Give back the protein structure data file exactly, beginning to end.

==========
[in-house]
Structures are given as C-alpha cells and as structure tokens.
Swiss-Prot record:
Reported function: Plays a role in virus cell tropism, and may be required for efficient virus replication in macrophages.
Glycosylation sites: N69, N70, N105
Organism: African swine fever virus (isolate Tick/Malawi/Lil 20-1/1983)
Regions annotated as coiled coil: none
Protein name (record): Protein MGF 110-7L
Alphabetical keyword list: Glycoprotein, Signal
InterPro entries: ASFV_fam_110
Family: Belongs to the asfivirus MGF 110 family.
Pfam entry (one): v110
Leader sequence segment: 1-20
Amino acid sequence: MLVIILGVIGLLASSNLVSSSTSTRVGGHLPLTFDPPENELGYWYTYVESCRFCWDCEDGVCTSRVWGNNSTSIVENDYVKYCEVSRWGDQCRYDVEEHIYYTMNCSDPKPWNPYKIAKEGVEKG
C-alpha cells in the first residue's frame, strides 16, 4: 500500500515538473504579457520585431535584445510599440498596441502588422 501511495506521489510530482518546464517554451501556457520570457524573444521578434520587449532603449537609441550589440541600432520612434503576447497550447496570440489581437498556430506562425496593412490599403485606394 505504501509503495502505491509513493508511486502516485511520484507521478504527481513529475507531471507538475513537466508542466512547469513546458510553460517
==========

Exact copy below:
[in-house]
Structures are given as C-alpha cells and as structure tokens.
Swiss-Prot record:
Reported function: Plays a role in virus cell tropism, and may be required for efficient virus replication in macrophages.
Glycosylation sites: N69, N70, N105
Organism: African swine fever virus (isolate Tick/Malawi/Lil 20-1/1983)
Regions annotated as coiled coil: none
Protein name (record): Protein MGF 110-7L
Alphabetical keyword list: Glycoprotein, Signal
InterPro entries: ASFV_fam_110
Family: Belongs to the asfivirus MGF 110 family.
Pfam entry (one): v110
Leader sequence segment: 1-20
Amino acid sequence: MLVIILGVIGLLASSNLVSSSTSTRVGGHLPLTFDPPENELGYWYTYVESCRFCWDCEDGVCTSRVWGNNSTSIVENDYVKYCEVSRWGDQCRYDVEEHIYYTMNCSDPKPWNPYKIAKEGVEKG
C-alpha cells in the first residue's frame, strides 16, 4: 500500500515538473504579457520585431535584445510599440498596441502588422 501511495506521489510530482518546464517554451501556457520570457524573444521578434520587449532603449537609441550589440541600432520612434503576447497550447496570440489581437498556430506562425496593412490599403485606394 505504501509503495502505491509513493508511486502516485511520484507521478504527481513529475507531471507538475513537466508542466512547469513546458510553460517